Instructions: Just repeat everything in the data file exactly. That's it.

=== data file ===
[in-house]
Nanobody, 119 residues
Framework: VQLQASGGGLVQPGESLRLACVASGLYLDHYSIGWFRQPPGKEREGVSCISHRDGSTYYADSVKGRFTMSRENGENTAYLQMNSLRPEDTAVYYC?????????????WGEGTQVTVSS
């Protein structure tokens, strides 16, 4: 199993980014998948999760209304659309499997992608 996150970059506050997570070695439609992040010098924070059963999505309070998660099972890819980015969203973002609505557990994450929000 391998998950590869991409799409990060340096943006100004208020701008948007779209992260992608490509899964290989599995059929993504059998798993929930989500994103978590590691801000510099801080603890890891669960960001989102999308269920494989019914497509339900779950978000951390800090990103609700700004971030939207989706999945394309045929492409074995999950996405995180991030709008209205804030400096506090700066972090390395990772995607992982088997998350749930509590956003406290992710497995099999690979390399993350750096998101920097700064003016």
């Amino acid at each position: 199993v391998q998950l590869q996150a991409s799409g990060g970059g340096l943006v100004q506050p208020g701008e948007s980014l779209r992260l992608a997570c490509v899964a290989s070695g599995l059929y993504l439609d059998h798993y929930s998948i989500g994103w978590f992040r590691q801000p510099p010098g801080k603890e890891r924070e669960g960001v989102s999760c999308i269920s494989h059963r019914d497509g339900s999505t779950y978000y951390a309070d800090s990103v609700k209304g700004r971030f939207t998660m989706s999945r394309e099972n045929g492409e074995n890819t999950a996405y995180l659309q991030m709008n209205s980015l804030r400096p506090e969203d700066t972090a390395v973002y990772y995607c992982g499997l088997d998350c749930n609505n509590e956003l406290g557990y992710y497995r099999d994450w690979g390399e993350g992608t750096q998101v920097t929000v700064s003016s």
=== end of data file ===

[in-house]
Nanobody, 119 residues
Framework: VQLQASGGGLVQPGESLRLACVASGLYLDHYSIGWFRQPPGKEREGVSCISHRDGSTYYADSVKGRFTMSRENGENTAYLQMNSLRPEDTAVYYC?????????????WGEGTQVTVSS
């Protein structure tokens, strides 16, 4: 199993980014998948999760209304659309499997992608 996150970059506050997570070695439609992040010098924070059963999505309070998660099972890819980015969203973002609505557990994450929000 391998998950590869991409799409990060340096943006100004208020701008948007779209992260992608490509899964290989599995059929993504059998798993929930989500994103978590590691801000510099801080603890890891669960960001989102999308269920494989019914497509339900779950978000951390800090990103609700700004971030939207989706999945394309045929492409074995999950996405995180991030709008209205804030400096506090700066972090390395990772995607992982088997998350749930509590956003406290992710497995099999690979390399993350750096998101920097700064003016």
């Amino acid at each position: 199993v391998q998950l590869q996150a991409s799409g990060g970059g340096l943006v100004q506050p208020g701008e948007s980014l779209r992260l992608a997570c490509v899964a290989s070695g599995l059929y993504l439609d059998h798993y929930s998948i989500g994103w978590f992040r590691q801000p510099p010098g801080k603890e890891r924070e669960g960001v989102s999760c999308i269920s494989h059963r019914d497509g339900s999505t779950y978000y951390a309070d800090s990103v609700k209304g700004r971030f939207t998660m989706s999945r394309e099972n045929g492409e074995n890819t999950a996405y995180l659309q991030m709008n209205s980015l804030r400096p506090e969203d700066t972090a390395v973002y990772y995607c992982g499997l088997d998350c749930n609505n509590e956003l406290g557990y992710y497995r099999d994450w690979g390399e993350g992608t750096q998101v920097t929000v700064s003016s």